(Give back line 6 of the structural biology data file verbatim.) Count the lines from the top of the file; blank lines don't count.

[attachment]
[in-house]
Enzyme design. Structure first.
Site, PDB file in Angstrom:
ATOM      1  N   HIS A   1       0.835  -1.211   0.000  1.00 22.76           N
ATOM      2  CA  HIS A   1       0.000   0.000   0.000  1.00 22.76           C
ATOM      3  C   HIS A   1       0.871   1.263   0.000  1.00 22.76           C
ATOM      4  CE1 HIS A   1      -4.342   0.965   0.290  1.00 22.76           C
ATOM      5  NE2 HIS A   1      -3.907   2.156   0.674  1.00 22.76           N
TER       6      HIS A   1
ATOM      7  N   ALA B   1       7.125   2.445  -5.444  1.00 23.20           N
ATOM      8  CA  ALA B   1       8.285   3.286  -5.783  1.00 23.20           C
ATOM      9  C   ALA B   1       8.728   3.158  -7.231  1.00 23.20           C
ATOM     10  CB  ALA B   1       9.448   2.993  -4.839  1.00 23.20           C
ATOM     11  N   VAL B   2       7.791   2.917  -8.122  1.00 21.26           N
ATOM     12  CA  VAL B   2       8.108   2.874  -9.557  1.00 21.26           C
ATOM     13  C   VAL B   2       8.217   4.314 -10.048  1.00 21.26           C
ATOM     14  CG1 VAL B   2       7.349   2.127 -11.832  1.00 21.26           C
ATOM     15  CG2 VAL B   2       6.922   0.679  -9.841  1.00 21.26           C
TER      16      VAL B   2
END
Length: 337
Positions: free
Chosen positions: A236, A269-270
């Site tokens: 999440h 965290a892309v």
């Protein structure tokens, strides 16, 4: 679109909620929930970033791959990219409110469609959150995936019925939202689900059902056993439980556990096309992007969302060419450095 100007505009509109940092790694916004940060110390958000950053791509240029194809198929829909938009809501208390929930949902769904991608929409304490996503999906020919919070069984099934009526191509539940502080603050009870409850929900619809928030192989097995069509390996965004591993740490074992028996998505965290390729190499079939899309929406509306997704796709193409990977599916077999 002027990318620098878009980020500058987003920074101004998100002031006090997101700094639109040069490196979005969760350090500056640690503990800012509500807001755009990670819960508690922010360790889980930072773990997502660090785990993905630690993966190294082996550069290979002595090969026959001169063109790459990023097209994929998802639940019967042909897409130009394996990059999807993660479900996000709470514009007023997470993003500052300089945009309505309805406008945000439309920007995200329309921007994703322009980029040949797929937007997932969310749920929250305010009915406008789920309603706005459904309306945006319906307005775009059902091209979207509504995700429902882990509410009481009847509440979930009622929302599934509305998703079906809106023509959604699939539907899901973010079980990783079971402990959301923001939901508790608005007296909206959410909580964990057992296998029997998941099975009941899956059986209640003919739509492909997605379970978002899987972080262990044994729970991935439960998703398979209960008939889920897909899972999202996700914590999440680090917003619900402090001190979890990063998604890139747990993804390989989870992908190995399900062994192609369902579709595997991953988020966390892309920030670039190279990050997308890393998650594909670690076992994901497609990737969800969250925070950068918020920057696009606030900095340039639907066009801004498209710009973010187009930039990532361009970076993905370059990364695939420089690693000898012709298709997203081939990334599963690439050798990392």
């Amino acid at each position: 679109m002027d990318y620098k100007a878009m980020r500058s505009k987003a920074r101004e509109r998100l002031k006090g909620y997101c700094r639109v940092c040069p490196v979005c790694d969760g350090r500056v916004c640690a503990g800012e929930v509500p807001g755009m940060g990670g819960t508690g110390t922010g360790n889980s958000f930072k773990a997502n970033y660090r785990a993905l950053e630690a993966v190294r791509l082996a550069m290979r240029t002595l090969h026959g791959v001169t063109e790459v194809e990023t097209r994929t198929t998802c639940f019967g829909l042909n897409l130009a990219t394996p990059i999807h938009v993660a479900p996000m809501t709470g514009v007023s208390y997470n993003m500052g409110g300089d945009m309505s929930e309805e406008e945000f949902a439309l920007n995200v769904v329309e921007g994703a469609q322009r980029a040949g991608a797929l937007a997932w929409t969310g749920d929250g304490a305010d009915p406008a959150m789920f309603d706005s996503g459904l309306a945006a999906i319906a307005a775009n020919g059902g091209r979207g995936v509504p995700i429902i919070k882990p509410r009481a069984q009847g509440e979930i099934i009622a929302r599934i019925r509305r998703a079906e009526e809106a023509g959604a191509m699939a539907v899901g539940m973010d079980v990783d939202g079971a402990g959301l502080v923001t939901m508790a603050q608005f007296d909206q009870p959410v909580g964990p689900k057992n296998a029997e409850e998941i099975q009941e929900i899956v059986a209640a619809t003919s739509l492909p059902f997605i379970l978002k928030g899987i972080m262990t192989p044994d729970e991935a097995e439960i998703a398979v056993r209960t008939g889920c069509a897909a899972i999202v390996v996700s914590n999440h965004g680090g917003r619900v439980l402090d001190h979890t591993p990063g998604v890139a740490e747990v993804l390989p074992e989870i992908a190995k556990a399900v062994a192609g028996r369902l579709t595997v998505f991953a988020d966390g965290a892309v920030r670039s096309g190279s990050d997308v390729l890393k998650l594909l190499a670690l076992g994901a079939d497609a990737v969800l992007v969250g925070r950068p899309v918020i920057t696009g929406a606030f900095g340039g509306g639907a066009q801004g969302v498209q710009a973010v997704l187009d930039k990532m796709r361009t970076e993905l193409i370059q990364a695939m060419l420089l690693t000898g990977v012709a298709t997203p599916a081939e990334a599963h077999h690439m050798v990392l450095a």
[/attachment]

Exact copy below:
ATOM      3  C   HIS A   1       0.871   1.263   0.000  1.00 22.76           C